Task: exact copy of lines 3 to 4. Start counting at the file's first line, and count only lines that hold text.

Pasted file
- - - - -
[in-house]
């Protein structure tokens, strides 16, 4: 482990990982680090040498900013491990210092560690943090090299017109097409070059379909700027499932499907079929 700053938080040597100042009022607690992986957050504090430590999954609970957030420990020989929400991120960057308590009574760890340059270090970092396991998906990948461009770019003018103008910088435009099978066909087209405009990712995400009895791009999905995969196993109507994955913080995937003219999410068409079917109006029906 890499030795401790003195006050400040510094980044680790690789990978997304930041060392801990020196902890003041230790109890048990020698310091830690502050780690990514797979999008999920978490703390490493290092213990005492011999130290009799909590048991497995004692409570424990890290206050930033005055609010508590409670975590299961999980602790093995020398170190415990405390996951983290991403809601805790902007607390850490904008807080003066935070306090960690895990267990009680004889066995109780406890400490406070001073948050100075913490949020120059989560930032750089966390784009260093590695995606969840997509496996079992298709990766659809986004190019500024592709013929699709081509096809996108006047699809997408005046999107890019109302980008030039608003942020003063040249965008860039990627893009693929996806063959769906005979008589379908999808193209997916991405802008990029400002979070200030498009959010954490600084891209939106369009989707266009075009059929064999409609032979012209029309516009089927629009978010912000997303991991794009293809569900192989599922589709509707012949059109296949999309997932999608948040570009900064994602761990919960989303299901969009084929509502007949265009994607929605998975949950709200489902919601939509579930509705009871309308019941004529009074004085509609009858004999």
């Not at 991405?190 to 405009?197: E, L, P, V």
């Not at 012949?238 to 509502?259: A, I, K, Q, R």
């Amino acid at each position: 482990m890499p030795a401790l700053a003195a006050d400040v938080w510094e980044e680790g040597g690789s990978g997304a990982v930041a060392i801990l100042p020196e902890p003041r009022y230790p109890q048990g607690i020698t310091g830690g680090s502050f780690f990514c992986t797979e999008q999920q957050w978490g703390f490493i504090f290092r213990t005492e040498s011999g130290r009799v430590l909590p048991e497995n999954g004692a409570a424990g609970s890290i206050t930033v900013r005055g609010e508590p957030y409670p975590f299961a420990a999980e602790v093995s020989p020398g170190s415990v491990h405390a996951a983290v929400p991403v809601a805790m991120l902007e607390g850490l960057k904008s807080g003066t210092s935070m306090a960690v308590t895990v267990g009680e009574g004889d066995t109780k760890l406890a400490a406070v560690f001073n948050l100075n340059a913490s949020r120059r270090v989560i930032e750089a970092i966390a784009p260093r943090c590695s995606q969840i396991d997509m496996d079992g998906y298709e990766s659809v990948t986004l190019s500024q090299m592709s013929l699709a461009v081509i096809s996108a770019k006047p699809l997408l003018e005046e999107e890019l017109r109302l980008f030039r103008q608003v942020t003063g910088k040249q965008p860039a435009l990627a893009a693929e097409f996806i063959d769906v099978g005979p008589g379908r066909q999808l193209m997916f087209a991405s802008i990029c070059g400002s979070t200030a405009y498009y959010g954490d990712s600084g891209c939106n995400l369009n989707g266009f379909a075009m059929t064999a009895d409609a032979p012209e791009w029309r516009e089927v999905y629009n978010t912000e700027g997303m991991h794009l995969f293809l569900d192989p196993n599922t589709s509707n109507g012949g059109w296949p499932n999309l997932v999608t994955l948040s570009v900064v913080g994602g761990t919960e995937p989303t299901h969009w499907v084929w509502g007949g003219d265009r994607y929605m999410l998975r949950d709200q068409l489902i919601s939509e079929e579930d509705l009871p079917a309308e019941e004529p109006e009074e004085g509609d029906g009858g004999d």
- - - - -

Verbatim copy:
């Not at 991405?190 to 405009?197: E, L, P, V």
């Not at 012949?238 to 509502?259: A, I, K, Q, R």